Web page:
In the issues leading to this we saw Psycho Master provoking citizens of New York City into becoming racists. Arguably, this ties into X-Men #\\\\\, where Kitty used the N word in an argument with an anti-mutant protester—both stories take place in New York—but the connection isn’t noted by editorial. These are also the only times I’m aware of where Marvel printed the N word, so the connection seems non-random.
Anyhow, Susan Richards falls prey to Psycho Man’s hate and becomes Malice. In the form of that character she uses her powers in much different ways than we have seen before. Byrne’s run is notable the way it made new in creative uses of Susan.
We get a nice and brief Daredevil appearance that isn’t necessary but it’s cool.
Psycho Man is pumping up hate for a new Hate Monger, but of course the FF eventually save the day. Reed snaps Sue out of her trance by slapping her.
After freeing Susan from the hate-thrall, she is angry and wants revenge so the team drinks down to the microverse and takes out Psycho Man.
It’s cool to see another trip to the Microverse.
While they are there, we get to see Psycho Man turn She Hulk into scaredy putty. That’s kind of funny.
This arc recalls the first Negative Zone arc, where Byrne took the team to several different worlds and through various adventures.
Even though they win, Susan Richards isl deeply affected by being overcome by hate–the book had extended sequences showing her psychological trauma. Part of it involved her parents, and by the end Sue wants a full break from her past, so this is the one where she changes her codename to Invisible Woman.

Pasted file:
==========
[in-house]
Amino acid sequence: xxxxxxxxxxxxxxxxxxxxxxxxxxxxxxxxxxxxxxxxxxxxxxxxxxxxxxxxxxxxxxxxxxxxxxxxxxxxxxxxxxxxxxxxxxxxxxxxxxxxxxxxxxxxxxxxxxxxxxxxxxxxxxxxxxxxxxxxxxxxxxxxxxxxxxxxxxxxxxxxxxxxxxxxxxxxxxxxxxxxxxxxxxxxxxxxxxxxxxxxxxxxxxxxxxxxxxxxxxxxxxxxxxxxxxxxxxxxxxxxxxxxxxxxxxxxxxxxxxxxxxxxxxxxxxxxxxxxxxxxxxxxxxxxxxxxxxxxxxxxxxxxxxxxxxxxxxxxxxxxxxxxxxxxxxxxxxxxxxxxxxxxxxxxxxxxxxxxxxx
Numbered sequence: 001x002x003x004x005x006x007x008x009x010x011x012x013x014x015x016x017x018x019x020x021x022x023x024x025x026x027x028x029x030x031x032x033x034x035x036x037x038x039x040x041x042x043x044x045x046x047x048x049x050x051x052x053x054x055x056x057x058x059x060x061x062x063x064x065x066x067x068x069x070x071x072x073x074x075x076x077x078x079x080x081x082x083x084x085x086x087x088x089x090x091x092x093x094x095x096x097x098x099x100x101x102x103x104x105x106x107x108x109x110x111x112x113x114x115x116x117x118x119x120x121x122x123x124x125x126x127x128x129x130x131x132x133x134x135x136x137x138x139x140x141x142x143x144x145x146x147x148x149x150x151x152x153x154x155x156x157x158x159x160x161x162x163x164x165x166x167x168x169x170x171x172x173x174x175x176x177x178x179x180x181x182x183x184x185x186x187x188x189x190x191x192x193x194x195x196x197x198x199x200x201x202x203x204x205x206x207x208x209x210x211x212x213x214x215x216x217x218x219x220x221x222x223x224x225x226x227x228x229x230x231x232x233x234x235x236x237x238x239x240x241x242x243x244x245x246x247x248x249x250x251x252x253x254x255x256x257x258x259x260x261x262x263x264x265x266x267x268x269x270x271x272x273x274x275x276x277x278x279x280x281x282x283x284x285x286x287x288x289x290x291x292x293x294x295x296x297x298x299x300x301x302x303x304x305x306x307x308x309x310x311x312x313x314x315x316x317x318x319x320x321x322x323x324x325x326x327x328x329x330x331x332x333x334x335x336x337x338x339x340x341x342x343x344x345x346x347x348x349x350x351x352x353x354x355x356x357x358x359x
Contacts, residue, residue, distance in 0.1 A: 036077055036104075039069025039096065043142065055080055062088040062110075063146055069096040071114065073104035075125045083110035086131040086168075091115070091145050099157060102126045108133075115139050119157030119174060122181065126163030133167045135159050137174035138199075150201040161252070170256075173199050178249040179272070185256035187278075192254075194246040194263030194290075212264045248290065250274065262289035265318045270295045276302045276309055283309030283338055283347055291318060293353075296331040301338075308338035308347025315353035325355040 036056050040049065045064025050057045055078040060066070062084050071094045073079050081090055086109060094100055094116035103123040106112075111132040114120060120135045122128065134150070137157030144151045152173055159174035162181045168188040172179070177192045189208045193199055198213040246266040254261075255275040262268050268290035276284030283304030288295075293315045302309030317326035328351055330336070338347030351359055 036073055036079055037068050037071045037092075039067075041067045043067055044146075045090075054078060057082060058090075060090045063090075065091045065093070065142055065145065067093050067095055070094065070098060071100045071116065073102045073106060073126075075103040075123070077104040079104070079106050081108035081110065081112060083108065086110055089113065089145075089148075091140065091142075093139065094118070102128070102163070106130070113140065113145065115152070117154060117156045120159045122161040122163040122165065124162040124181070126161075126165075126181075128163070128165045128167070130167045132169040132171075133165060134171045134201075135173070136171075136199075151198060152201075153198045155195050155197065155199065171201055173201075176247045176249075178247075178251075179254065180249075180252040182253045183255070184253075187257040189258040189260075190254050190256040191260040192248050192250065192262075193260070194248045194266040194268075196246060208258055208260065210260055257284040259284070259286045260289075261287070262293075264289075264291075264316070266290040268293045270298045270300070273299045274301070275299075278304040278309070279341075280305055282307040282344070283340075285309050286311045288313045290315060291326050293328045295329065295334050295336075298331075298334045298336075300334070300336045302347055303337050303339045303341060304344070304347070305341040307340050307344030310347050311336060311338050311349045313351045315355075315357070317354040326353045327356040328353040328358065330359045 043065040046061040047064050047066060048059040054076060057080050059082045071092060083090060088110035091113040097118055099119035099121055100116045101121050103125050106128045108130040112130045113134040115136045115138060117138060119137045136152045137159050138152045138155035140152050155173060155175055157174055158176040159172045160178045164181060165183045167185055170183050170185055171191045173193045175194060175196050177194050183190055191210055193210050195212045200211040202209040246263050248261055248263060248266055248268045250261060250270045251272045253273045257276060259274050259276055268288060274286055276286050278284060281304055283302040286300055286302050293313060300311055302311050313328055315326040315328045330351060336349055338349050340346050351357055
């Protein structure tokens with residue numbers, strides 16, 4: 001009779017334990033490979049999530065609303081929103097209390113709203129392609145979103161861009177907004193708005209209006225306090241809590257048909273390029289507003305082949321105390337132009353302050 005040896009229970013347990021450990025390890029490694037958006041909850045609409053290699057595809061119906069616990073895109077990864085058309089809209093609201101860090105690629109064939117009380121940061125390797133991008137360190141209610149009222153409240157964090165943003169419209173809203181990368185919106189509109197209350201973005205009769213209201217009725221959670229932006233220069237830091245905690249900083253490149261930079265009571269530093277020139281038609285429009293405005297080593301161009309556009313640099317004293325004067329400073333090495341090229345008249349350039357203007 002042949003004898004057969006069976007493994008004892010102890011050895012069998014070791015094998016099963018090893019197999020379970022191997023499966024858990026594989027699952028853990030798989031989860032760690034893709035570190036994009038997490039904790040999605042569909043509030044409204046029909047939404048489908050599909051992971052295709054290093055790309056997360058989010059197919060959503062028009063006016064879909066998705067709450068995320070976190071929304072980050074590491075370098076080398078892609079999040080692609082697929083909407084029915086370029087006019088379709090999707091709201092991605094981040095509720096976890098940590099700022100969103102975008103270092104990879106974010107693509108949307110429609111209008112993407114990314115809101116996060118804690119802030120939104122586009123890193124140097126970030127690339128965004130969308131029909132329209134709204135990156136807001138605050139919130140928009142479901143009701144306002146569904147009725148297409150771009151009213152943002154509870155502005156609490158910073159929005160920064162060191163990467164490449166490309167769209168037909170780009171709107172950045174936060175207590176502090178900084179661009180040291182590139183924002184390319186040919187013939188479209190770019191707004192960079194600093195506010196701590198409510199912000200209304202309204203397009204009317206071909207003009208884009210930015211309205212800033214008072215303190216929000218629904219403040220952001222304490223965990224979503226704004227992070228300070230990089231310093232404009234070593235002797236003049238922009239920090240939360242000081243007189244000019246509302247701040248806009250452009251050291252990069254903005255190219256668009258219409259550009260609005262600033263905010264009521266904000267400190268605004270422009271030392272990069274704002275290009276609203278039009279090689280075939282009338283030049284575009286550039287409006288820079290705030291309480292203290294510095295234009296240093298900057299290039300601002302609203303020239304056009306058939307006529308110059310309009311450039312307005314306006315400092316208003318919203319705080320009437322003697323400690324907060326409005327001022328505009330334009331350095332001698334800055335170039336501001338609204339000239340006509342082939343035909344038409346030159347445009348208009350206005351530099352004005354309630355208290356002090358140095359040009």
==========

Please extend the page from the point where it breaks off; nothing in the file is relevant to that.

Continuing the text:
Meanwhile, Franklin is starting to show precog powers.
We get an extended sequence where, in one of these dreams, he meets Power Pack for the first time.
It’s tempting to say this isn’t the real Pack, but for a group of kids Franklin never met, they sure act like the characters normally do.
And if all of that wasn’t enough to unpack, Secret Wars II #2 is published between issues #281 and 282, in which Beyonder watched the battle between Malice and the rest of the F4. #282 says it is a SWII tie-in, but thankfully that doesn’t take away from the complexity and richness of these issues. There’s a little obligatory exposition and discussion of The Beyonder, but it really wasn’t all that important. Mostly, Byrne just gave it a little lip service. Helping move product. By this time, the FF was one of Marvel’s top sellers, and there are several references to other books in these issues.
In particular, Franklin has another precog dream: This time about Power Pack. The team’s book had recently launched, and didn’t really catch on the way it should have, so I can appreciate Byrne’s cross-marketing here.
Creator: John Byrne